How do I grow: Grown in full sun in rich soil, but chives can withstand harsher and wetter conditions than other allies. Cover chips in winter to preserve previous leaves (and flowers). Sow the seeds in the spring or spread the lumps in the spring or fall.
Height x width: 60 x 30 cm
Common thyme is grown for cooking by 70% of our members, but uncommon thyme is also very popular – 30% grows lemon, orange or creepy.
How do I grow: Thyme prefers well-drained soil in the sun. Add a layer of gravel so that the leaves do not touch the moist soil and cut only after flowering to encourage bushiness. Sow seeds or divide plants in spring or take cuttings in summer.
Height x width: 30 x 40 cm
Members are particularly fond of parsley for their versatility; It is a popular choice for six different types of cooking among those who cultivate it – more than any other herb. The best method is to cook with fish, but it is also a very popular choice for spicy sauces.
How do I grow: Grown in the sun or partial shade on rich, well-drained, neutral to alkaline soils. Protect in frosty areas in winter or sow indoors on windowsills from September to November to ensure an even supply of leaves.
Height x width: 80 x 45 cm
For members who could limit themselves to just one favorite cuisine, sweet basil was at the top of the list. They like to add fresh leaves to salads and sauces, especially pasta. Many of you make pesto or feel basil is an essential addition to tomatoes.
How do I grow: Grown in rich, light, well drained or dry soil. Decorate with growing tips to encourage shrubs and slow flowering. In the spring, sow the seeds exactly where you want them to be.
Height x width: 60 x 30 cm
The wrinkled, velvety, light gray, evergreen leaves of sage have found a home in 61% of the gardens of our home gardeners.
How do I grow: Grown in well-drained to dry, neutral to alkaline soils in the sun. Sown in spring or cuttings in spring, summer or autumn.
Height x width: 80 x 100 cm
Bay is cultivated by 59% of our culinary growers and is the most useful herb you grow to add winter color to your garden.
How do I grow: Grown in well-drained soil in the sun or partial shade. In the summer, cut in shape and remove all shoots from top trees or ordinary trees. Increase from semi-mature cuttings in summer or from suction cups.
Height x width: up to 15 x 10 m
Lavender rarely enters the kitchen because you are too busy enjoying the aroma, flowers and attractive foliage in your gardens.
How do I grow: Grown in well-drained, neutral to alkaline soils in open, sunny spots. Propagation by cuttings. Cut after flowering to prevent the plant from becoming tall and woody.
Height x width: 70 x 100 cm
Oregano is great for introducing insects and bees in your garden. Two-thirds of you use oregano both to season meat and to cook sauces.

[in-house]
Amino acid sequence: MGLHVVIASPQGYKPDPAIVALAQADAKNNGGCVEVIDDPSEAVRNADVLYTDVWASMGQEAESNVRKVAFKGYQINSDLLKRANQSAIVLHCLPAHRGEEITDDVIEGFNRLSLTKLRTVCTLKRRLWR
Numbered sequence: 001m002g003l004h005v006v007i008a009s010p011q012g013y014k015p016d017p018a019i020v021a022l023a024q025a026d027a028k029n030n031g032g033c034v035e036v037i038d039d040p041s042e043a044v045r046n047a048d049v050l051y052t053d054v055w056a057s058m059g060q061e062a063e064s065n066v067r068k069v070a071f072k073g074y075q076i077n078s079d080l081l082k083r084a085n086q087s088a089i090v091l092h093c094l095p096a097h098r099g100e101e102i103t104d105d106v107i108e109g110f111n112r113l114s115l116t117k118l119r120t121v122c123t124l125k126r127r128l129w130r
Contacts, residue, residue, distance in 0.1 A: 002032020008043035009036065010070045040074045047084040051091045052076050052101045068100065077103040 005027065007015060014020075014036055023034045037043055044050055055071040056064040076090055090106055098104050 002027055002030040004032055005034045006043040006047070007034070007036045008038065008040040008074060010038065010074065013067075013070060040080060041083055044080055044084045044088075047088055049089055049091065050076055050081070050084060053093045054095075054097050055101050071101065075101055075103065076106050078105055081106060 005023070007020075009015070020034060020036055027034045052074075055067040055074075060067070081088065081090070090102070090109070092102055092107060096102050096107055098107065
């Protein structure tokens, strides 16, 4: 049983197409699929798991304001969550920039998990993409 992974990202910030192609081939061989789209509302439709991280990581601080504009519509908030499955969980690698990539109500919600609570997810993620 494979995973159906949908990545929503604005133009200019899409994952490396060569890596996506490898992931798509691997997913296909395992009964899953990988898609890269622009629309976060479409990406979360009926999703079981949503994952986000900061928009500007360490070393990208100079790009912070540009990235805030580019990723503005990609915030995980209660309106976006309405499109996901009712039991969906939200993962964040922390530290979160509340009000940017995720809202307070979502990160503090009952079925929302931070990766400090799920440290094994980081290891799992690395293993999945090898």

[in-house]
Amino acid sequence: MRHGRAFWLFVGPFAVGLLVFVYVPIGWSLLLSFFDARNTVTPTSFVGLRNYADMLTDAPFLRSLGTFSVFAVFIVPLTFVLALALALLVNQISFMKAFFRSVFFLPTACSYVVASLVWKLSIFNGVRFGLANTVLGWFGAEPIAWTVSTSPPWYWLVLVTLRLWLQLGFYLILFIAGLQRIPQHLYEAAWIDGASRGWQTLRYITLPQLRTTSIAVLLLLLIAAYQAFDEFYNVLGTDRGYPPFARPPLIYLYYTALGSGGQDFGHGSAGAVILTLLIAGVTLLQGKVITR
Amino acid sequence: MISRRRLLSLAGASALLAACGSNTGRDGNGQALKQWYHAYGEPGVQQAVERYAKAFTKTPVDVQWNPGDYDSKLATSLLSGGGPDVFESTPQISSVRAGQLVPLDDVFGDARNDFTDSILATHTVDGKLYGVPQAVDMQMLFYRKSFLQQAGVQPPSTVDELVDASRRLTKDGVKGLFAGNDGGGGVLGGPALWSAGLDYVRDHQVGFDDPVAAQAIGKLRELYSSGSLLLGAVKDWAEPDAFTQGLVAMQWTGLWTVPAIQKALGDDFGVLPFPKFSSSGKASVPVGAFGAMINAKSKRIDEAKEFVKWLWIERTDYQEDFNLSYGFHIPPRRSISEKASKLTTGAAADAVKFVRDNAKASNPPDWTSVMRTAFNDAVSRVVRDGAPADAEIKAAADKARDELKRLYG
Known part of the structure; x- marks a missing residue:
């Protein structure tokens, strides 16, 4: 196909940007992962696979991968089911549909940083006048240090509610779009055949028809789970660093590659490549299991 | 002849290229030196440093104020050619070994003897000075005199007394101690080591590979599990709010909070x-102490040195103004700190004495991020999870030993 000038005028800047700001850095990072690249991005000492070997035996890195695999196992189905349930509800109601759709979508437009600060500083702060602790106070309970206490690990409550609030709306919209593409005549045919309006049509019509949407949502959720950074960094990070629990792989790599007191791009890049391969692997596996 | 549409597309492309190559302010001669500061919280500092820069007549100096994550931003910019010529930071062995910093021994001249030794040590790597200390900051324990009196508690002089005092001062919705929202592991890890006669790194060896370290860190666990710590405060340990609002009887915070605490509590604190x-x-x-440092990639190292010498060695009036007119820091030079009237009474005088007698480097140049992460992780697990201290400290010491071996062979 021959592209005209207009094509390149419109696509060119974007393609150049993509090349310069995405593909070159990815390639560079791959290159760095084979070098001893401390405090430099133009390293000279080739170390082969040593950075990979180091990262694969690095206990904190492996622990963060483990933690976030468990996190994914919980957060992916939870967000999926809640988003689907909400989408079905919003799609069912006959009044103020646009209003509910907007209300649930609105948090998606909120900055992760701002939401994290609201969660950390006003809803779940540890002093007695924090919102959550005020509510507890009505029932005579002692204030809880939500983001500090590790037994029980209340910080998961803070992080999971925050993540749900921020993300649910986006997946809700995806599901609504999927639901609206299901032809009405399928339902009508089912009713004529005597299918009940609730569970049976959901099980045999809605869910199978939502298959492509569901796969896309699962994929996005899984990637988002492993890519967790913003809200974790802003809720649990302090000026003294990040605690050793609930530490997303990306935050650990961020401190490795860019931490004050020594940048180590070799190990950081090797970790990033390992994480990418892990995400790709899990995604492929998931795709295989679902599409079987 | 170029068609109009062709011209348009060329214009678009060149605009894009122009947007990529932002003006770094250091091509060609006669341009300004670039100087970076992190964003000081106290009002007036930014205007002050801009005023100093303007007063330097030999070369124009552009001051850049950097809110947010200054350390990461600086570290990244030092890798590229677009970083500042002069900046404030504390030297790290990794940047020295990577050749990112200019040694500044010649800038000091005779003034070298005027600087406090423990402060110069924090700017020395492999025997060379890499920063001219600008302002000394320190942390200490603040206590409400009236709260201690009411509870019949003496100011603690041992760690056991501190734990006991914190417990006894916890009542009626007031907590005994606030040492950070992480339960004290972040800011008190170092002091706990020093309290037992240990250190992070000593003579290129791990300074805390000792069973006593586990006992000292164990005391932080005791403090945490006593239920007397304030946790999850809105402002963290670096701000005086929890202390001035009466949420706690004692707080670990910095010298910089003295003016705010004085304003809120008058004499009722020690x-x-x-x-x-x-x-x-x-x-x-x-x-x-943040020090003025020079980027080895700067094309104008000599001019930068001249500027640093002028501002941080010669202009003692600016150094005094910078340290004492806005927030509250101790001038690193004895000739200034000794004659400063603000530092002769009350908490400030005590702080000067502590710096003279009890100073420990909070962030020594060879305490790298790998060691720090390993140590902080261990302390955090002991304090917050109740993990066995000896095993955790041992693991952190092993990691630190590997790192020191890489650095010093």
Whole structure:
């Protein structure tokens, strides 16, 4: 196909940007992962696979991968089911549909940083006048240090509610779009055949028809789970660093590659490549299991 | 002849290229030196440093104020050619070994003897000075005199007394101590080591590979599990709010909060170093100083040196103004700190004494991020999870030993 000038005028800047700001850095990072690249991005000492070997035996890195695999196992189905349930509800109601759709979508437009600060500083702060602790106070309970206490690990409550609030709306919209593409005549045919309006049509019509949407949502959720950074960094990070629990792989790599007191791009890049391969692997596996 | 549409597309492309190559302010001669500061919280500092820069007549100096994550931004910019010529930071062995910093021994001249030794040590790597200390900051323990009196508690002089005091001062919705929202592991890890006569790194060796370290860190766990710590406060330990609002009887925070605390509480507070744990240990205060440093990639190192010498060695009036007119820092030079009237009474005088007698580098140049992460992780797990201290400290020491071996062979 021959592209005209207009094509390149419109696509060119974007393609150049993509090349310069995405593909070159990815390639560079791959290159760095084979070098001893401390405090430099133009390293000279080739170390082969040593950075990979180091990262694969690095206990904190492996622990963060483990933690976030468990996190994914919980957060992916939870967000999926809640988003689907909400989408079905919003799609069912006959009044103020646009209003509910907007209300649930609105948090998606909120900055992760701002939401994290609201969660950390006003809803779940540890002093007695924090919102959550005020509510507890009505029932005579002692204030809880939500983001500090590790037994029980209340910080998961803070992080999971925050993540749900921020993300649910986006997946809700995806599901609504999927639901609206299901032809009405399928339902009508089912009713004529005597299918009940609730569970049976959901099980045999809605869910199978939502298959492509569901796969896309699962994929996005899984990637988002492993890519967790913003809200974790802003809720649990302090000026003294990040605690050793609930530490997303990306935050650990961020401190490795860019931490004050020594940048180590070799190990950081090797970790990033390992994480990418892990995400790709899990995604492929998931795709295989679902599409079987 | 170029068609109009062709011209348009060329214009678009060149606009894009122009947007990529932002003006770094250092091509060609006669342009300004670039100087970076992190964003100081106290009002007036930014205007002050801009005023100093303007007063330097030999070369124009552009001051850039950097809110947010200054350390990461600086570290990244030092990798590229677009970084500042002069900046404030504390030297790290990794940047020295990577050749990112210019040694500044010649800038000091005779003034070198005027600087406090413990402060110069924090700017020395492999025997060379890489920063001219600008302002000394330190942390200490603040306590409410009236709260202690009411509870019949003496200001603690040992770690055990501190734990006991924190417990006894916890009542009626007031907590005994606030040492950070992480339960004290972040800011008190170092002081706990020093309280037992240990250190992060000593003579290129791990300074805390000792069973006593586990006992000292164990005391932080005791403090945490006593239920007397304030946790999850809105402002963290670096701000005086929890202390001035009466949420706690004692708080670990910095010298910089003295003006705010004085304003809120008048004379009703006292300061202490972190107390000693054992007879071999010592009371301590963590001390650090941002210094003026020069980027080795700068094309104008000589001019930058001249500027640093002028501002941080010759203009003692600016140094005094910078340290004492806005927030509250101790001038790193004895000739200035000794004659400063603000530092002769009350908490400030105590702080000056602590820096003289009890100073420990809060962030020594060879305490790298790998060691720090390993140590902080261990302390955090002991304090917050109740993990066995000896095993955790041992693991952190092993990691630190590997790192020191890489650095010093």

How do I grow: Grown in well-drained to dry, neutral to alkaline soils. Sow the seeds in the fall and divide the plants or multiply them by basic cuttings in late spring. Cover a chip or pot to use in the greenhouse during the winter.
Height x width: 90 x 90 cm
Having fresh, home-grown herbs on hand is the dream of every passionate cook and herbaceous plant is attractive for having many different herbs in a relatively small space.
There are certainly many plants to choose from: pots; Bags; Wall hanging; Tables and wheels. You will be able to handle a wide variety of herbs, such as: B. Coins, which like to spread, and herbs that like different soil conditions and look good throughout the season.
Although some plants are cheap, many are expensive, so which ones? In horticulture, several plant containers have been tested to see which ones are worth buying.
Provide a plant planter
KEEP IN WATER: Some plants have only a small dose for each herb and the compost in each one dries out quickly in warm weather. We found the herbal plant tables particularly bad for this, as there was only a liter of compost in every six parts that contained the herbs.
ADJUST THE PLANT TO THE LOCATION: Different plants prefer different humidities. Scallops have a special tendency to dry up at the top and stay moist at the bottom. If you are growing a variety of herbs, planting with separate parts for each herb will help you create the best growing conditions.
Beware of invasive plants: Coin is an essential kitchen for many of us, but it is aggressive while a sage is also a criminal. It is better to have these in separate jars as they do not play well with other herbs and overflow.
Weeds and fodder: Where there is compost, there are weeds so you still have to pull the weeds out of your plant plants from time to time. If you give your plants liquid food from time to time, they can also be transferred to a small amount of compost.